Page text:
Stars: 8 / 10
Director: Marc Forster
Main Cast: Brad Pitt, Mireille Enos,Fana Mokoen, Daniella Kertes
More than I expected! WWZ kept my heart racing, one scene after another. Several high-anxiety scares, jumpy boo-scares, a plane crash, a good pace of action combined with impressive special effects, a creative outcome, a hint of social metaphor, and likable heroes make this a win-win zombie apocalyptic thriller.
Rather than a mind-numbing and stomach-churning gore fest, this film leaves a lot to the viewer's imagination, which made it all the more terrifying. We know the crowbar is stuck in the zombie's head, and yeah, NOT seeing it, but just hearing it and imagining it was 100% successful at being both gross and scary, probably more so than seeing the goo and guts would have been.
I also appreciated that the non-zombie people in this film looked very real: people looked makeup-less, hair was messy, and wrinkles were aplenty.
An additional nod to the butt-kickin' female soldier sidekick, Segen (played by Daniella Kertes) who was never stereotyped into a sex toy (for being a pretty face with breasts) nor a macho-dyke (for being a bald woman with a gun.) Segen has little dialogue, but Kertes' face and body language speak volumes! She managed to elevate what could have been a throw-away character into someone you really cared about, you route for her, you wince with her, and your heart pounds whenever she's got to go ninja!
World War Z is an unusually global zombie film. Typically, we're centered in one American or English city, following a civilian "everyman" hero, with a hotty and/or brotherly sidekick, and a handful of stranger comrades as they form a tribe of zombie-killers who outwit the foes and sneak/blast their way to either a rural or sea-bound safe haven. This film, on the other hand, takes us around the world, with a protagonist's-eye view of the horror that's sweeping the globe.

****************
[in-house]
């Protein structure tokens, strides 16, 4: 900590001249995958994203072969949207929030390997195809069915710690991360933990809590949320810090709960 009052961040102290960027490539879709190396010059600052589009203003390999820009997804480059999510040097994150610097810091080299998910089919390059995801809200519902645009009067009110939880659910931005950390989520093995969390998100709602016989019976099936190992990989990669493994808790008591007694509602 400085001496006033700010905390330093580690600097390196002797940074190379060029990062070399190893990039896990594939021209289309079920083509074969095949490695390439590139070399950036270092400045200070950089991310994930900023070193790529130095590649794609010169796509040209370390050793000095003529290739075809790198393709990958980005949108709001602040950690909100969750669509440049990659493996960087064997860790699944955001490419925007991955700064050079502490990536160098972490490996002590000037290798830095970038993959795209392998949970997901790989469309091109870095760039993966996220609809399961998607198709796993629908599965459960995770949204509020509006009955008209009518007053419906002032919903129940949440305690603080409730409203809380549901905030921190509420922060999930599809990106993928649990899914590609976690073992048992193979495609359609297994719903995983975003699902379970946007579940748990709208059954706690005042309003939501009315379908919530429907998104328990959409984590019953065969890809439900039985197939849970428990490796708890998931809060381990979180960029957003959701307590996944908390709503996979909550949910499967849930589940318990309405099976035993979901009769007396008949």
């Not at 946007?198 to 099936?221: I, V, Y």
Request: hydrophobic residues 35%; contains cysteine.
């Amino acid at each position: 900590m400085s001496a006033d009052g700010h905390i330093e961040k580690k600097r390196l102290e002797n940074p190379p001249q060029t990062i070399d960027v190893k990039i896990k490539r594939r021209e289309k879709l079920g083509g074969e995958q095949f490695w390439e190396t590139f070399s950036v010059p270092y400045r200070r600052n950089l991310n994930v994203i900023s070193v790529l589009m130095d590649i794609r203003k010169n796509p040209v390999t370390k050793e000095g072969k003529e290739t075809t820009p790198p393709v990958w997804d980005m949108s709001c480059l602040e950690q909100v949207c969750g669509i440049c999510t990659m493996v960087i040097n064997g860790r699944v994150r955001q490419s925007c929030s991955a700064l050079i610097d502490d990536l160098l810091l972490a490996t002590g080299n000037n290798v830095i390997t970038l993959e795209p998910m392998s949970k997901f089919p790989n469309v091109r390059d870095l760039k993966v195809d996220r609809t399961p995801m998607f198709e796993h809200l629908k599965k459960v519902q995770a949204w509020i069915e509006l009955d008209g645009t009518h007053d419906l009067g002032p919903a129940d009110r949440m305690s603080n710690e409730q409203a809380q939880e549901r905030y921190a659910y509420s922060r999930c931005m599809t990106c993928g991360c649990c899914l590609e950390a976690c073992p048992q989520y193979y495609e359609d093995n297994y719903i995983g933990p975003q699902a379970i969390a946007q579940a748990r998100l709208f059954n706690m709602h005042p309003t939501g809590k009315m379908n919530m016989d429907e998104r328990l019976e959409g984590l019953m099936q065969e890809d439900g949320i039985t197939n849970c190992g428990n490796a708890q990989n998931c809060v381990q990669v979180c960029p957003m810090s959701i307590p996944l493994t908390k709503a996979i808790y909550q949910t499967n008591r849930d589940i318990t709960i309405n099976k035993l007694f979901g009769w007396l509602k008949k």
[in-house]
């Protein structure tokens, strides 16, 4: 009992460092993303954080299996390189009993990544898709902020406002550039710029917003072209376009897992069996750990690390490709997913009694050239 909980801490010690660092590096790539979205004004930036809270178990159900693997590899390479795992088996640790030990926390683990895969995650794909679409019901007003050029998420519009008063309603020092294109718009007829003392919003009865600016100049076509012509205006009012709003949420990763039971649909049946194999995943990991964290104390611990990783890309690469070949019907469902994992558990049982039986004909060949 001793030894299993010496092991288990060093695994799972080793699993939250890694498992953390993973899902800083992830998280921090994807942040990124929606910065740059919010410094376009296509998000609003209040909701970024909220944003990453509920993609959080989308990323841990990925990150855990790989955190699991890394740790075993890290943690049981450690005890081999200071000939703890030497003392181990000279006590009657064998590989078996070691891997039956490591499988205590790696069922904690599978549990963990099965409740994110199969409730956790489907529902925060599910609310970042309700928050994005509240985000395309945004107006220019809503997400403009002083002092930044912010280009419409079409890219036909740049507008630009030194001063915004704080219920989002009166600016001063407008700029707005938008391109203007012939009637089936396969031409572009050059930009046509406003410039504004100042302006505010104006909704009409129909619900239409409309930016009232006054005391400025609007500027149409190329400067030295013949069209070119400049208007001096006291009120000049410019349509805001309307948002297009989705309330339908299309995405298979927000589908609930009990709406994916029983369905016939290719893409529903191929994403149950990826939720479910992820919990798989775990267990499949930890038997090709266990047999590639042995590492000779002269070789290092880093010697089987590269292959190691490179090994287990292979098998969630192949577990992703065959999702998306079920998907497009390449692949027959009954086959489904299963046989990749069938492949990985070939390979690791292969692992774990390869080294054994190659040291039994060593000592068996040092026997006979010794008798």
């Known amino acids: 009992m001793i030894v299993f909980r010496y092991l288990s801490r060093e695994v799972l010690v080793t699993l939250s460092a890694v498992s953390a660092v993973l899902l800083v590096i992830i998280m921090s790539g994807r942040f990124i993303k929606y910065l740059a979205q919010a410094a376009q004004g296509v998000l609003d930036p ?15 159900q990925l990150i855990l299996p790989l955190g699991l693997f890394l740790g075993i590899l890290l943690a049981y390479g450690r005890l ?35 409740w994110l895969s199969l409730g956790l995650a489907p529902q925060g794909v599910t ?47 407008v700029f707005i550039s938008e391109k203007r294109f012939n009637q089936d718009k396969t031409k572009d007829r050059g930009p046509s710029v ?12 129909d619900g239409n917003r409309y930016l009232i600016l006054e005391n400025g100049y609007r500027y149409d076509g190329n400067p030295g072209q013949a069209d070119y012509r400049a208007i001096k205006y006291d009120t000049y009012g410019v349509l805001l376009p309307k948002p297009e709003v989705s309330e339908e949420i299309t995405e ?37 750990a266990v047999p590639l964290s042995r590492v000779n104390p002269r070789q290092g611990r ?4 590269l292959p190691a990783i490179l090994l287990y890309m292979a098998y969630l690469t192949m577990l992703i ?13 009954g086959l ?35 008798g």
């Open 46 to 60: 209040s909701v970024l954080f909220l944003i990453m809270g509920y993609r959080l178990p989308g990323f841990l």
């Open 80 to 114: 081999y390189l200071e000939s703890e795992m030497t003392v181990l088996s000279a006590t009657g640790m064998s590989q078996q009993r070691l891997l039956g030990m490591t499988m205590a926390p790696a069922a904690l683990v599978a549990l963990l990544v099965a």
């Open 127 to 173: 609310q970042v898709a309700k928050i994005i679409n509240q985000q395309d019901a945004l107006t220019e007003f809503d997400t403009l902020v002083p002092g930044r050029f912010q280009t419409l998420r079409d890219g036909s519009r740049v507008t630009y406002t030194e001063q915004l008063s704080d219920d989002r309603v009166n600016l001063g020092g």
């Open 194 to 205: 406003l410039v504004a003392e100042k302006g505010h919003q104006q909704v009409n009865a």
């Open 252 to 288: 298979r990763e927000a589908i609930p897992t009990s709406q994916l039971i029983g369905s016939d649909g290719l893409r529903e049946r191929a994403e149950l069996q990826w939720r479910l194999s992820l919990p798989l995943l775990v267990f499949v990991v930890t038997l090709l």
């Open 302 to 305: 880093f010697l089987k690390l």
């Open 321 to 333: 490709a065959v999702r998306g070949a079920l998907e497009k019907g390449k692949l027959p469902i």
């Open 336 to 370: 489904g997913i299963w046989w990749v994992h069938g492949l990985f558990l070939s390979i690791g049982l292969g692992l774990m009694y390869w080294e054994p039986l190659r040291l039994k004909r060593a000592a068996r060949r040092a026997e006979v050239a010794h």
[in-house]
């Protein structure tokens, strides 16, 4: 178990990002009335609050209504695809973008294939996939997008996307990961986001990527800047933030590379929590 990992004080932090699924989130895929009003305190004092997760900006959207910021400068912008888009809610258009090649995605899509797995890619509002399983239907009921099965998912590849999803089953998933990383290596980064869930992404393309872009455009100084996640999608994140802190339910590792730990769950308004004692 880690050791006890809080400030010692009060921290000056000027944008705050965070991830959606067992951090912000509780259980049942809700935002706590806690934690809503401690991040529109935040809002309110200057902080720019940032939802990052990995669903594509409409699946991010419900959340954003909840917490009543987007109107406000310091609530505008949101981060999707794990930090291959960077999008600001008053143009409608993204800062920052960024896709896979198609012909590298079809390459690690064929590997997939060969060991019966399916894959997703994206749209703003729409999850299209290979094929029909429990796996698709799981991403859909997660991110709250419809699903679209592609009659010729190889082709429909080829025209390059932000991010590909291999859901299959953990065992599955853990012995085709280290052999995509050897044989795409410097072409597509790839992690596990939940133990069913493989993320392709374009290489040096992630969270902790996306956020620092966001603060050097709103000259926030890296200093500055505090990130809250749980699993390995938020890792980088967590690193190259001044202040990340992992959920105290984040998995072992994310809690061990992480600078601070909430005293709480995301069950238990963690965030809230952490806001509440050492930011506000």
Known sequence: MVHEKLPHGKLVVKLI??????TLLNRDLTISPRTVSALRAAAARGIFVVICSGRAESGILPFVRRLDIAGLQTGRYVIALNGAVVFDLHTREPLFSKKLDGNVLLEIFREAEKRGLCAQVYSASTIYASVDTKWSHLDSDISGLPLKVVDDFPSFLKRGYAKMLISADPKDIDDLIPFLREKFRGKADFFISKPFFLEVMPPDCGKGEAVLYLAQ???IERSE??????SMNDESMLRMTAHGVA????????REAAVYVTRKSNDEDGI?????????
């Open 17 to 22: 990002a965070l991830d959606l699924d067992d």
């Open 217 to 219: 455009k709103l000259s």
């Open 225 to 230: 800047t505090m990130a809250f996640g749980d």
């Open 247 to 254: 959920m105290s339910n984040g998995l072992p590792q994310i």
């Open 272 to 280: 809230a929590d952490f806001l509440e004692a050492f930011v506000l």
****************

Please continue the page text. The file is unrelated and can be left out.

I read that the French critics hated this film, and I do have to wonder if it's partly because of WWZ's obvious pro-Israel nod... The hero, Gerry Lane (played by Brad Pitt) takes us to Israel, where they've built a giant wall. Of course, in reality, Israel did build a wall, only it was intended to keep out Islamic terrorists, rather than the hoards of undead, as we see in WWZ. The film's giant wall in Israel, and hoards of gnashing, mindless zombies, wanting only to infect (ie convert) everyone in sight, well, to me, this was a blatant metaphor for the real anxiety of facing what can be seen as a global pandemic of religiously-motivated violence and the war of religious fundamentalism vs secularism. As controversial as that may be, I do think it made WWZ a better film -- social and political commentary/metaphor is what defines a good zombie film as more than just a scary, bloody mess.
The special effects deserve mentioning: WOW. The areal panoramic shots of cities in flames were really well done. If I didn't know better, I would swear that I saw Newark and Jerusalem exploding last night. The zombies, as well, were nicely done, with very creepy teeth, and twisted, rotten features.
Finally, kudos to Marco Beltrami, for a beautiful score. I was surprised at some of the really lovely and sensitive orchestral bits, and hooray for not over-stating the suspenseful scenes with ridiculous bursts of shrill "music" (symphonic noise) - a pet peeve of mine, for sure. Bravo, Mr. Beltrami, bravo.